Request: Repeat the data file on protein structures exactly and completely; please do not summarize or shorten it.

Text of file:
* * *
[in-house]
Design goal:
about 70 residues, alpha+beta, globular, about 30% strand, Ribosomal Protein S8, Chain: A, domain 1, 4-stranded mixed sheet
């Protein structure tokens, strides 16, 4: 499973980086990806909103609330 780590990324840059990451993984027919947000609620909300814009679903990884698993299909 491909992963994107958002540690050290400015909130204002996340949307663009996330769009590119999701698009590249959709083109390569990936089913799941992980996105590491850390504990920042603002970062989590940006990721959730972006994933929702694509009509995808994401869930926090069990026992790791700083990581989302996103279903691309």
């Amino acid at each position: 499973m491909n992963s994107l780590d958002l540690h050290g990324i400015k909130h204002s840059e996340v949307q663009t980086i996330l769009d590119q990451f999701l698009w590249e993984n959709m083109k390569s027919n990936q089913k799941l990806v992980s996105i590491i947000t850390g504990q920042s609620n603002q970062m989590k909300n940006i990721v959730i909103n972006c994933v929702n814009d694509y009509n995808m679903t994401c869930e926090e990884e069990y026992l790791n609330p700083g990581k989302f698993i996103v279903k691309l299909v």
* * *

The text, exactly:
[in-house]
Design goal:
about 70 residues, alpha+beta, globular, about 30% strand, Ribosomal Protein S8, Chain: A, domain 1, 4-stranded mixed sheet
């Protein structure tokens, strides 16, 4: 499973980086990806909103609330 780590990324840059990451993984027919947000609620909300814009679903990884698993299909 491909992963994107958002540690050290400015909130204002996340949307663009996330769009590119999701698009590249959709083109390569990936089913799941992980996105590491850390504990920042603002970062989590940006990721959730972006994933929702694509009509995808994401869930926090069990026992790791700083990581989302996103279903691309």
């Amino acid at each position: 499973m491909n992963s994107l780590d958002l540690h050290g990324i400015k909130h204002s840059e996340v949307q663009t980086i996330l769009d590119q990451f999701l698009w590249e993984n959709m083109k390569s027919n990936q089913k799941l990806v992980s996105i590491i947000t850390g504990q920042s609620n603002q970062m989590k909300n940006i990721v959730i909103n972006c994933v929702n814009d694509y009509n995808m679903t994401c869930e926090e990884e069990y026992l790791n609330p700083g990581k989302f698993i996103v279903k691309l299909v």